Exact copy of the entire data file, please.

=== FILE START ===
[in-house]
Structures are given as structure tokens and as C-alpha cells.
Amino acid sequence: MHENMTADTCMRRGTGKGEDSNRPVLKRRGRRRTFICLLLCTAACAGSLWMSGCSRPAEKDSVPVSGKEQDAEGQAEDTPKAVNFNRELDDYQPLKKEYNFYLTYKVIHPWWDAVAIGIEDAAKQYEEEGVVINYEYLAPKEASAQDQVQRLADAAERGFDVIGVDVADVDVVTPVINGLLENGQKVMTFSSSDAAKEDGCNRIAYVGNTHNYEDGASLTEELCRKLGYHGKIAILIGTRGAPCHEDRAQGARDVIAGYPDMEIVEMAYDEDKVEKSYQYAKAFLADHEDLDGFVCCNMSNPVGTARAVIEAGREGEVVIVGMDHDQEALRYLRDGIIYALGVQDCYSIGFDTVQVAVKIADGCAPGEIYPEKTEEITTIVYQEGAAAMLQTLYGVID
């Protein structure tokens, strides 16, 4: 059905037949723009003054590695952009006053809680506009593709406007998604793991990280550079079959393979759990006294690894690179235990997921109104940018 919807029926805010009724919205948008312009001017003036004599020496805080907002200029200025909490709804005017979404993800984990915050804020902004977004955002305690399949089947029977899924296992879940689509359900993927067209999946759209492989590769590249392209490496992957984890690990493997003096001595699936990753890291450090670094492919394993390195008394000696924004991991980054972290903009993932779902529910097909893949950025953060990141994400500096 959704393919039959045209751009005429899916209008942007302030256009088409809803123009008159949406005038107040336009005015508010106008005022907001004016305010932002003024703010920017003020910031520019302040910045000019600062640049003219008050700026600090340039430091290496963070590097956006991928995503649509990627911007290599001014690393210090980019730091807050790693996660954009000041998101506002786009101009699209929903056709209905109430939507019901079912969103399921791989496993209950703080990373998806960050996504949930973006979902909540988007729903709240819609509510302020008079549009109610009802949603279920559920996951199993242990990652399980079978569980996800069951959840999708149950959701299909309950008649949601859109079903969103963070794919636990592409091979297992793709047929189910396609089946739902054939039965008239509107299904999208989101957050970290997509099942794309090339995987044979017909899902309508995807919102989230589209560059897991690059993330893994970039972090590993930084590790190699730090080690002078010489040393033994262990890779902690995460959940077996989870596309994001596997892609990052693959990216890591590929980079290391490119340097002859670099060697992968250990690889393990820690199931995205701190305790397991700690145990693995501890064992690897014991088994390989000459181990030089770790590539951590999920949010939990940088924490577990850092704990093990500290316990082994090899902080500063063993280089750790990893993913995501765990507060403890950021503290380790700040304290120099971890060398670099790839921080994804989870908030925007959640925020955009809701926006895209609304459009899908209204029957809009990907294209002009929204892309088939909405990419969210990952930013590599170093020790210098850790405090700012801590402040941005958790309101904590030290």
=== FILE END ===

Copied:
[in-house]
Structures are given as structure tokens and as C-alpha cells.
Amino acid sequence: MHENMTADTCMRRGTGKGEDSNRPVLKRRGRRRTFICLLLCTAACAGSLWMSGCSRPAEKDSVPVSGKEQDAEGQAEDTPKAVNFNRELDDYQPLKKEYNFYLTYKVIHPWWDAVAIGIEDAAKQYEEEGVVINYEYLAPKEASAQDQVQRLADAAERGFDVIGVDVADVDVVTPVINGLLENGQKVMTFSSSDAAKEDGCNRIAYVGNTHNYEDGASLTEELCRKLGYHGKIAILIGTRGAPCHEDRAQGARDVIAGYPDMEIVEMAYDEDKVEKSYQYAKAFLADHEDLDGFVCCNMSNPVGTARAVIEAGREGEVVIVGMDHDQEALRYLRDGIIYALGVQDCYSIGFDTVQVAVKIADGCAPGEIYPEKTEEITTIVYQEGAAAMLQTLYGVID
């Protein structure tokens, strides 16, 4: 059905037949723009003054590695952009006053809680506009593709406007998604793991990280550079079959393979759990006294690894690179235990997921109104940018 919807029926805010009724919205948008312009001017003036004599020496805080907002200029200025909490709804005017979404993800984990915050804020902004977004955002305690399949089947029977899924296992879940689509359900993927067209999946759209492989590769590249392209490496992957984890690990493997003096001595699936990753890291450090670094492919394993390195008394000696924004991991980054972290903009993932779902529910097909893949950025953060990141994400500096 959704393919039959045209751009005429899916209008942007302030256009088409809803123009008159949406005038107040336009005015508010106008005022907001004016305010932002003024703010920017003020910031520019302040910045000019600062640049003219008050700026600090340039430091290496963070590097956006991928995503649509990627911007290599001014690393210090980019730091807050790693996660954009000041998101506002786009101009699209929903056709209905109430939507019901079912969103399921791989496993209950703080990373998806960050996504949930973006979902909540988007729903709240819609509510302020008079549009109610009802949603279920559920996951199993242990990652399980079978569980996800069951959840999708149950959701299909309950008649949601859109079903969103963070794919636990592409091979297992793709047929189910396609089946739902054939039965008239509107299904999208989101957050970290997509099942794309090339995987044979017909899902309508995807919102989230589209560059897991690059993330893994970039972090590993930084590790190699730090080690002078010489040393033994262990890779902690995460959940077996989870596309994001596997892609990052693959990216890591590929980079290391490119340097002859670099060697992968250990690889393990820690199931995205701190305790397991700690145990693995501890064992690897014991088994390989000459181990030089770790590539951590999920949010939990940088924490577990850092704990093990500290316990082994090899902080500063063993280089750790990893993913995501765990507060403890950021503290380790700040304290120099971890060398670099790839921080994804989870908030925007959640925020955009809701926006895209609304459009899908209204029957809009990907294209002009929204892309088939909405990419969210990952930013590599170093020790210098850790405090700012801590402040941005958790309101904590030290």